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Sunday, September 23, 2007

Posner on practioners' proximity to practitioners

Sorry for the title.  Here is a link to a Richard Posner essay, written in tribute to the late Bernard Meltzer and published in the University of Chicago Law Review.  In the essay, Judge Posner cites Prof. Meltzer as one of the last of those professors who were more closely situated to law-practitioners than to the world of the university.  Posner shares some thoughts about how Prof. Meltzer responded and adapted to the 1960s "revolution" in the legal academy, and to the challenges / claims of the "crits."  Then, a bit later, he writes:

In exemplifying the traditional model of the engaged, the worldly, teacher-scholar, Meltzer reminded us of its strengths. Even at the most intellectually ambitious of the modern law schools, a large majority of students will become and remain practicing lawyers; and there is a good deal more to the practice of law than economics, or philosophy, or feminism, or theories of race. There is the knack of reading cases and statutes creatively, there is a largish body of basic legal concepts that every practicing lawyer should internalize, there is a bag of rhetorical tricks to be acquired along with a professional demeanor, a procedural system to be mastered, a subtle sense ("judgment") of just how far one can go in stretching the limits of established legal doctrines to be absorbed. These things cannot be the entirety of the modern lawyer’s professional equipment, and their inculcation cannot be the entirety of a first-rate modern legal education, because the law has become too deeply interfused with the methods and insights of other fields—and the law schools are still lagging badly in attempting to overcome the shameful aversion of most law students to statistics, math, science, and technology. Maybe at the law schools that have the brightest students only a third of the instruction should be in the traditional mold. But to reach that level the law schools will have to start hiring teachers who identify more strongly with the practicing profession than they do with academia.

Thoughts?  Is Posner's suggestion one that any Prawfs readers and bloggers plan on taking with them to, say, the AALS faculty-hiring conference?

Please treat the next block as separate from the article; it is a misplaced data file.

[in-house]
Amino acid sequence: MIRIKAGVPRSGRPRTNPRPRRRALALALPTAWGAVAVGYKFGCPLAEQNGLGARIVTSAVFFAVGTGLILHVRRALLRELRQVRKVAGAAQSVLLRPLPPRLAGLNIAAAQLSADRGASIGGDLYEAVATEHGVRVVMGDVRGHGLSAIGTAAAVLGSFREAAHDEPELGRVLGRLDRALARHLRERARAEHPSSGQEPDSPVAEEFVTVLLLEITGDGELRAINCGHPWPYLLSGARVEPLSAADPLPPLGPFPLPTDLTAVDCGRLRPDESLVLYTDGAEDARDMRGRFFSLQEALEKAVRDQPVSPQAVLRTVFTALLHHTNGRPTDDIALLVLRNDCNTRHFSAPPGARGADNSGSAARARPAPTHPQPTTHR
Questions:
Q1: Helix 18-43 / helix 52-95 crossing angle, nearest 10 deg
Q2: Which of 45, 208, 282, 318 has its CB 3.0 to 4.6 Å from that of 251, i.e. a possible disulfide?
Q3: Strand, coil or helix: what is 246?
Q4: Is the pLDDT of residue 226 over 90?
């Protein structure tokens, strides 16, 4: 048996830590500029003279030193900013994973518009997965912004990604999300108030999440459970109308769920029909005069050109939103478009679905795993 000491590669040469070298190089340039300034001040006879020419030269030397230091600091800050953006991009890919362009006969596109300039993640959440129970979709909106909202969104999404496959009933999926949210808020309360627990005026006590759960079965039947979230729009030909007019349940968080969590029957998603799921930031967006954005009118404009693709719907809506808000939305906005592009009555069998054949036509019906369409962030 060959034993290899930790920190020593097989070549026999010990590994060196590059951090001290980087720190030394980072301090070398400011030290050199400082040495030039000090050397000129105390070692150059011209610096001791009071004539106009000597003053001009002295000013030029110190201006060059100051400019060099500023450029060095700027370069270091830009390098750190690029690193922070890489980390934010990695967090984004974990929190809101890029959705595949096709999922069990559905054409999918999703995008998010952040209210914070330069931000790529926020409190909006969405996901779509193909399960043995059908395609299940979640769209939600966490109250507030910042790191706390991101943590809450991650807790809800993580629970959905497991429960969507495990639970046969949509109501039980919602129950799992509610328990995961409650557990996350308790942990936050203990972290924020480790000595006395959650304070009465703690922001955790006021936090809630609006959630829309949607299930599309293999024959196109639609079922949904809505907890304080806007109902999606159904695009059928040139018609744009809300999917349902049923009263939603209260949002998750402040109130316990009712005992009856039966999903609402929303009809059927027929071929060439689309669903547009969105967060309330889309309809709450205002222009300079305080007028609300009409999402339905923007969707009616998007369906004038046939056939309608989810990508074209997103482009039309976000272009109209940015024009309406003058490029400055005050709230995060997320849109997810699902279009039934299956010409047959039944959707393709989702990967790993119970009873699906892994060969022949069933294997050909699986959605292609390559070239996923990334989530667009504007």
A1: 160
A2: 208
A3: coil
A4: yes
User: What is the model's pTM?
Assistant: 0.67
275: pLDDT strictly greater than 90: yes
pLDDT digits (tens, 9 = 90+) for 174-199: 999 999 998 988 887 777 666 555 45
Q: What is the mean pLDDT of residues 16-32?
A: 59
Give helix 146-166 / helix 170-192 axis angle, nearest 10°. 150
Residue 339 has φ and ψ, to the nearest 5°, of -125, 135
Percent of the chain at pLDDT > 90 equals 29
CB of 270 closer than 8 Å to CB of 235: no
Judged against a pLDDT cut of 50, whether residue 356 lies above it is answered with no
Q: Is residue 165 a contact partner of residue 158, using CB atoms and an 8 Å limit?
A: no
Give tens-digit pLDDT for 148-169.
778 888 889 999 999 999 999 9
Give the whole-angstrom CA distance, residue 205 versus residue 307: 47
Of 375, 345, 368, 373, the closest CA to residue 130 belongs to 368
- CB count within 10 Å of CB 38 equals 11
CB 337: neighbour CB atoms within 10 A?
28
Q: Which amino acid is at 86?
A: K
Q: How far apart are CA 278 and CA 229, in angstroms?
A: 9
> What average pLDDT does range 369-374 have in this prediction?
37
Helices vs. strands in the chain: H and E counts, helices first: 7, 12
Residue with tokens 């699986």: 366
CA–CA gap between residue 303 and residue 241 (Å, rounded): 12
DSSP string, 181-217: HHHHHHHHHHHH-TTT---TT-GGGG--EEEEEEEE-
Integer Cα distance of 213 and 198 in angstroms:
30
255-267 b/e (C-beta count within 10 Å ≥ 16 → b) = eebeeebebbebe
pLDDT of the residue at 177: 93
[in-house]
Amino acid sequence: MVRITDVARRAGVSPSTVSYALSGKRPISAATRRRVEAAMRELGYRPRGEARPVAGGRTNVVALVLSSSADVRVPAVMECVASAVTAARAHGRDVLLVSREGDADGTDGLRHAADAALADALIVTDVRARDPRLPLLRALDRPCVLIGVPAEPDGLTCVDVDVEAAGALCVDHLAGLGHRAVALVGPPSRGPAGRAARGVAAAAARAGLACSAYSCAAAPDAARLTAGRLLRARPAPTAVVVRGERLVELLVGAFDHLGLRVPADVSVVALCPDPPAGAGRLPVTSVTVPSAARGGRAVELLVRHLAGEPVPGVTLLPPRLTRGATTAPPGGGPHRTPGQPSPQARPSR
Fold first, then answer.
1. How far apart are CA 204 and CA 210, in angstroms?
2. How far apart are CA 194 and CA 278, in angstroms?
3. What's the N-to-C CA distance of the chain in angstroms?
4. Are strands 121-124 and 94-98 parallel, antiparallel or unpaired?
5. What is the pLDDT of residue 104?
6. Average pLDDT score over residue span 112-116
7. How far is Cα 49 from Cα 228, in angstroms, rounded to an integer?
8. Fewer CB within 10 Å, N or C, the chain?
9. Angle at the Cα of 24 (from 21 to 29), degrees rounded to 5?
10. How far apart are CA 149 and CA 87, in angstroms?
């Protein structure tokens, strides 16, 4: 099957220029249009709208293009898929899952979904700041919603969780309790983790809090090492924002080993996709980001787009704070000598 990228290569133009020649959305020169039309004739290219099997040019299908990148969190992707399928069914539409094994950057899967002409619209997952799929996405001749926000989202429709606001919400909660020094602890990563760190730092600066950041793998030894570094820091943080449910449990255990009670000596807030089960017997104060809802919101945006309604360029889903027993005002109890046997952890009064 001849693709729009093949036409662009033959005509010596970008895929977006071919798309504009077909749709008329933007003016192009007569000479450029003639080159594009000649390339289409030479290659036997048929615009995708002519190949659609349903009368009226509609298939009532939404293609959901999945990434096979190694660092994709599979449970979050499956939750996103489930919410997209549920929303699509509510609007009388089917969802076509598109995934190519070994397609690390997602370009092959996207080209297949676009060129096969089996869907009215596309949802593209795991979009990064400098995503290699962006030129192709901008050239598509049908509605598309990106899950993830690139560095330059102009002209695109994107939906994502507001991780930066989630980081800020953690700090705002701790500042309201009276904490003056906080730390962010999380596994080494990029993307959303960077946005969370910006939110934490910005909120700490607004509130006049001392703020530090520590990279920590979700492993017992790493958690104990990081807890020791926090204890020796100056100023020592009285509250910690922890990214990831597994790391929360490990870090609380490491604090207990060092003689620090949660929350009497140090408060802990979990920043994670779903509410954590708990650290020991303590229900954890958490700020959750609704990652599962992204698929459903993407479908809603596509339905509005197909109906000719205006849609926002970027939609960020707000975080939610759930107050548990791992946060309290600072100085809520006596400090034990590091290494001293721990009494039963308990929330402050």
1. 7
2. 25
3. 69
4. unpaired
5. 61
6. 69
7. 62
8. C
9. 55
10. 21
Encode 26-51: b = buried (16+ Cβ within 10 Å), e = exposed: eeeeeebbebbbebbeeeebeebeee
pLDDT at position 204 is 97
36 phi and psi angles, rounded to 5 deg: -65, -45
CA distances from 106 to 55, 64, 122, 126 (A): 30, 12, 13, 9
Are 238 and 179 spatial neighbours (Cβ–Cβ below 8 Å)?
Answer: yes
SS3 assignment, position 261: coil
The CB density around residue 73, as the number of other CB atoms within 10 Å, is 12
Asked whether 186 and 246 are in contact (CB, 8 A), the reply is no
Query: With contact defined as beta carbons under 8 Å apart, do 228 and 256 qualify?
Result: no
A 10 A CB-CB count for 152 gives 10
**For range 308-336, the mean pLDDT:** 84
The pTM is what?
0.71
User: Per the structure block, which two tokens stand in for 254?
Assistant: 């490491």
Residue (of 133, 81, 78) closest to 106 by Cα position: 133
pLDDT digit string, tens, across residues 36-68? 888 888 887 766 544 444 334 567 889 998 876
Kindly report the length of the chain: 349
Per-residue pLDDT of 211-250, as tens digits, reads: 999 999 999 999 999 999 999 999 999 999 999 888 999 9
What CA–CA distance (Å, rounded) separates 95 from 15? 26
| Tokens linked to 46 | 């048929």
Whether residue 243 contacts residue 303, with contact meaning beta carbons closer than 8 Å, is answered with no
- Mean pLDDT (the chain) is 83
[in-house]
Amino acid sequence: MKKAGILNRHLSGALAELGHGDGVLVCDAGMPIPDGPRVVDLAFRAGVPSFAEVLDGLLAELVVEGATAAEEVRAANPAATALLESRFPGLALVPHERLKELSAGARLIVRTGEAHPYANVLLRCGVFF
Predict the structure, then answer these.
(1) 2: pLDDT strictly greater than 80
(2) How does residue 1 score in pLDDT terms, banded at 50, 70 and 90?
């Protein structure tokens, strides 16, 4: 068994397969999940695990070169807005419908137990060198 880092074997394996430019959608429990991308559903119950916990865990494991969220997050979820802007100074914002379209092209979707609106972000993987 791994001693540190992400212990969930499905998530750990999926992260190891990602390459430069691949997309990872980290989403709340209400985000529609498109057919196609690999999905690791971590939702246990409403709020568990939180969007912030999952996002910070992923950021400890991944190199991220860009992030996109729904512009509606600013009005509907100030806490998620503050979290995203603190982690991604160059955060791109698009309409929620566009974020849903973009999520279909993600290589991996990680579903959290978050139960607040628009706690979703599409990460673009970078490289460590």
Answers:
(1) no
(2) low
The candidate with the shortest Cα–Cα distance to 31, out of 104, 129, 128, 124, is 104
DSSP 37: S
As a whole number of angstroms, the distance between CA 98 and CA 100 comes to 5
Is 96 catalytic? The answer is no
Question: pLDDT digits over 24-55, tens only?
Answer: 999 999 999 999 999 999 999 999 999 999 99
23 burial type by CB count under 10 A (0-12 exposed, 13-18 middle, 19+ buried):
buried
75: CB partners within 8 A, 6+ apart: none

Posted by Rick Garnett on September 23, 2007 at 04:21 PM in Life of Law Schools | Permalink


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» Judge Posner's Tribute To Professor Meltzer Together With His Comments About The Importance of Practical Advice In Legal Scholarship from Adjunct Law Prof Blog
In his tribute to famed labor law scholar Bernard Meltzer, who recently passed away, Judge Posner reflects on the importance of practical scholarship. Judge Posner's comments will appear in, 74 U. Chicago L. Rev. 435 and are available here. Judge [Read More]

Tracked on Sep 24, 2007 12:14:40 AM


It seems to me that Judge Posner is having second thoughts about his article in the centennial issue of the Harvard Law Review in which he claimed that law is not an autonomous discipline. He seems to be a bit worried now that all the interdisciplinary studies he has advocated for the law-school curriculum may crowd out the intellectual skills that a lawyer needs in practice. He seems to be coming perilously close to saying that the "modern lawyer's intellectual equipment" amounts to a discipline. But he has to move incrementally; he cannot so soon disavow his Harvard Law Review article.

Posted by: Anthony D'Amato | Oct 1, 2007 5:54:31 AM

One thing that occurs to me reading Posner's list -- all of which I agree are pretty important -- is that all of those things are difficult to teach, at least in a standard law school class without multiple writing or oral advocacy assignments.

Posted by: Bruce Boyden | Sep 24, 2007 4:55:25 PM

My question is: identify more closely with the profession, or dedicate more time to teaching? I know that at least some medical schools hire a full-time professional committed to assisting professors in developing their teaching skills.

I commend the set of skills Posner is trying to inculcate. I think that those with great practice experience are particularly insightful on how to develop these skills. I have (and do continue to) look for them during the AALS process.

The difficulty here is that as long as the prestige/research game is the key to USNWR advancement (or merely staying in the same place), the less time profs will have to devote to teaching skills. Currently teaching skills are measured quite indirectly via bar passage rates and student-teacher ratios. Given how difficult it might be to ever quantify more direct measures of teaching quality, I worry that numbers-based commensurating ranking systems might assure a permanent marginalization of teaching skills in the legal academy. I hope we can move from a paradigm of "measurement" to "characterization" of law schools:


Posted by: Frank | Sep 23, 2007 10:30:23 PM

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